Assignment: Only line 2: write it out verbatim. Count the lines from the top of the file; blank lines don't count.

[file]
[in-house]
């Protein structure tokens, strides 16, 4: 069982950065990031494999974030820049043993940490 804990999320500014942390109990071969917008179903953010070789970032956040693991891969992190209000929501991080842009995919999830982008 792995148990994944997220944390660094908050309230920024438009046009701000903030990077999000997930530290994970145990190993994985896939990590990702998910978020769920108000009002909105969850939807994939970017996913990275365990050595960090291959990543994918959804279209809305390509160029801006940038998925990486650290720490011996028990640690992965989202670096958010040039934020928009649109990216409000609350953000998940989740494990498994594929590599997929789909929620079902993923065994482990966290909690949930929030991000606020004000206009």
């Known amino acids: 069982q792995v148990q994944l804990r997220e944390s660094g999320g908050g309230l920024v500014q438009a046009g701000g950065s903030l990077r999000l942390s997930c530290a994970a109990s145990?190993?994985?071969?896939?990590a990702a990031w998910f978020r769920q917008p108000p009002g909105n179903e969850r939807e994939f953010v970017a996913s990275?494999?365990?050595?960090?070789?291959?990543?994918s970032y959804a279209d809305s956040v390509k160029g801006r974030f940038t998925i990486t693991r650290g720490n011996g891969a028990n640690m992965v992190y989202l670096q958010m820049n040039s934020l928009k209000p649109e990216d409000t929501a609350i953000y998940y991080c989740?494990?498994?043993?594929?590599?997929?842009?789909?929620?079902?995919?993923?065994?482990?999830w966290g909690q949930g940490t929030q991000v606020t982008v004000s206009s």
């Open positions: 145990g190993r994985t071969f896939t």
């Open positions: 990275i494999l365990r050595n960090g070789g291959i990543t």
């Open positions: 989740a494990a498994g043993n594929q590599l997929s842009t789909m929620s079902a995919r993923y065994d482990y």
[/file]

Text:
């Protein structure tokens, strides 16, 4: 069982950065990031494999974030820049043993940490 804990999320500014942390109990071969917008179903953010070789970032956040693991891969992190209000929501991080842009995919999830982008 792995148990994944997220944390660094908050309230920024438009046009701000903030990077999000997930530290994970145990190993994985896939990590990702998910978020769920108000009002909105969850939807994939970017996913990275365990050595960090291959990543994918959804279209809305390509160029801006940038998925990486650290720490011996028990640690992965989202670096958010040039934020928009649109990216409000609350953000998940989740494990498994594929590599997929789909929620079902993923065994482990966290909690949930929030991000606020004000206009």